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A Short Overview of Thoracic Outlet Syndrome

Written By Center for Vein Restoration
shoulder pain vein

Thoracic outlet syndrome can have significant effects on the veins in your shoulder.

Thoracic outlet syndrome is a condition resulting in a compression of the nerves, veins, and arteries in the thoracic outlet, the space between the armpit and the lower neck. A fairly rare disorder, it can significantly restrict circulation in the shoulder and arm and heavily damage the nerves within the shoulder. It’s usually caused by a traumatic injury, but congenital defects can greatly increase a patient’s risk.

Thoracic outlet syndrome isn’t a life-threatening condition, but it does require an effective treatment program. We’ll outline some of its common causes and symptoms and help you find an appropriate course of treatment.

 

Causes

Thoracic outlet syndrome is usually caused by a traumatic injury such as a torn rotator cuff, whiplash, or a dislocated shoulder. In other cases, it’s a product of weightlifting, throwing, swimming, or any other activity that places prolonged pressure on the shoulder. Some patients with multiple cancer, multiple sclerosis, and fibromyalgia may also suffer from it. Regardless of the specific cause, symptoms arise as bone, muscle, or other surrounding tissues apply further pressure on the neurovascular bundle in the shoulder.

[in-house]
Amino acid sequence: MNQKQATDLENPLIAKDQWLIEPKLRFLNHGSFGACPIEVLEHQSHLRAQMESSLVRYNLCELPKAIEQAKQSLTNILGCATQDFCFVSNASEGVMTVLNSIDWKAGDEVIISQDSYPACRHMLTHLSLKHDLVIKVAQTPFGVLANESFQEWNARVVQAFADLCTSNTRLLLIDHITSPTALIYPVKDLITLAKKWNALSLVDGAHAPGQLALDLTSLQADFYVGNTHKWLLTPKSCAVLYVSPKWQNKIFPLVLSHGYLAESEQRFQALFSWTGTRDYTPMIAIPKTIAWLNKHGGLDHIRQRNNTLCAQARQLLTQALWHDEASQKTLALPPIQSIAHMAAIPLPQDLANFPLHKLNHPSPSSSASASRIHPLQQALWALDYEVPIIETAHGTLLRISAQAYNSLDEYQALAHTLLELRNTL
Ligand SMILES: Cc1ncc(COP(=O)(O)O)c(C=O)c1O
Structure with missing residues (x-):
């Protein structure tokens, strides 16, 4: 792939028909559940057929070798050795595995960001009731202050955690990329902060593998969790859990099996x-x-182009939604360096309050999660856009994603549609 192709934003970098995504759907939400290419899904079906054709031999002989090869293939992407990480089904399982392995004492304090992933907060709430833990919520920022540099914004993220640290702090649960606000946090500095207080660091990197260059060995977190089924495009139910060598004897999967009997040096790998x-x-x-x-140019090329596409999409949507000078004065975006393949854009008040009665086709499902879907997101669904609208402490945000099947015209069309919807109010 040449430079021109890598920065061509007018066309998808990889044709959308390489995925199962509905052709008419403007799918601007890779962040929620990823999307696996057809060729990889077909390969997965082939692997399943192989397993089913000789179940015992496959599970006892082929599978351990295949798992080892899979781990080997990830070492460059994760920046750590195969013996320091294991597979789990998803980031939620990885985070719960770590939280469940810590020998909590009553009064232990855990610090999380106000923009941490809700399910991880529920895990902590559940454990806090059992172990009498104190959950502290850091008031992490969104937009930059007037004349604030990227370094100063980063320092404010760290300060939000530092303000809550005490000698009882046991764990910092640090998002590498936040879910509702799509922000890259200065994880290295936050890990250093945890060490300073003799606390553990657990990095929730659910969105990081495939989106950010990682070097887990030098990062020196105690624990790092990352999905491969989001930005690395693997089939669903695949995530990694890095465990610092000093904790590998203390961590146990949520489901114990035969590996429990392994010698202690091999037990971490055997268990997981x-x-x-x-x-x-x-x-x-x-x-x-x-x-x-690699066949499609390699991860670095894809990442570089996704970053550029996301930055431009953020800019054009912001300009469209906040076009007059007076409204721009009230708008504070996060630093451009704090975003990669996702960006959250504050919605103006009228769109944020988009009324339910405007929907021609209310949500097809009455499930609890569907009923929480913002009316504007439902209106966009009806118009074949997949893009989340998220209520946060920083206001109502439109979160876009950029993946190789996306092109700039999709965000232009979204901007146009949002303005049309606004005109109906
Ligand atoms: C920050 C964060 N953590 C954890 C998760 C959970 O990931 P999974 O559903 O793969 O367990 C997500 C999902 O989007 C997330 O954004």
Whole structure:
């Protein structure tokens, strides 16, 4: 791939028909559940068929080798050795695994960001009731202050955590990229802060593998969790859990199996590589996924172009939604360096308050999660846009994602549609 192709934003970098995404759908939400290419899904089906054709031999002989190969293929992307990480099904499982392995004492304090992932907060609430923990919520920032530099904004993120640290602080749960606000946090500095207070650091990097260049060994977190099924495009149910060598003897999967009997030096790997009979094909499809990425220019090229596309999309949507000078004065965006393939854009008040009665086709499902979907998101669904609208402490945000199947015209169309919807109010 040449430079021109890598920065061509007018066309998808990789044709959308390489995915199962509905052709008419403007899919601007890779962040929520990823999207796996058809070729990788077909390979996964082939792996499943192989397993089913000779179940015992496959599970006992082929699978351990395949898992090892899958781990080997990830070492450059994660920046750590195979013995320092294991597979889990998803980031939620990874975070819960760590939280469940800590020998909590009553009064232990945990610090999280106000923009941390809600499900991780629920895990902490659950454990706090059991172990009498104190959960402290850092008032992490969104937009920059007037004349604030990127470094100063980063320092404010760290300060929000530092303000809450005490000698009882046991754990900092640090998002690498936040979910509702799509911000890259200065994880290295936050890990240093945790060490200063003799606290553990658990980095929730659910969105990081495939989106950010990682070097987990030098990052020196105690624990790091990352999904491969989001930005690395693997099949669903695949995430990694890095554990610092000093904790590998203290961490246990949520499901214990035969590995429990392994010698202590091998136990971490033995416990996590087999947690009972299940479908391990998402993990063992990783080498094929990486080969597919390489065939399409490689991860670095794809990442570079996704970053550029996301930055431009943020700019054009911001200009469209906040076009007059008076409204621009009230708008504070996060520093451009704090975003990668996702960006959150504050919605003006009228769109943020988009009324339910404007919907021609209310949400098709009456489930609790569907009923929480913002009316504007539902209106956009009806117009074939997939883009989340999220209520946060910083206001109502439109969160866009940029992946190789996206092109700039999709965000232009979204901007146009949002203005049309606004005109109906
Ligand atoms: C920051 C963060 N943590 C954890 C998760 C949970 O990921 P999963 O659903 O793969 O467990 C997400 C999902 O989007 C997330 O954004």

Symptoms

The most common symptoms of thoracic outlet syndrome include persistent pain, swelling, and numbness in the shoulder, arm, and fingers, a sense of coldness in the arm, and consistent weakness in it. If the condition affects the veins, it can result in blood clotting, paleness in the hand, and a weak or nonexistent pulse in the arm.

 

Treatment

Treatment for thoracic outlet syndrome is designed to expand the thoracic outlet and reposition any tissues or structures responsible for the compression. Most patients benefit significantly from regular stretching and a physical therapy regimen, but in some cases, anti-inflammatories and muscle relaxers can also provide relief. If the condition affects circulation in the shoulder, alternately icing and heating it can promote the flow of blood. Surgery may also be necessary if the symptoms are caused by a structural defect such as cervical rib.

It can cause particular damage to the veins in your shoulder, weakening circulation in your arms and increasing your risk of blood clots. The damage can be permanent if the condition isn’t quickly diagnosed and treated. If you’re experiencing any symptoms, contact a doctor or a qualified vein specialist today and schedule an appointment.


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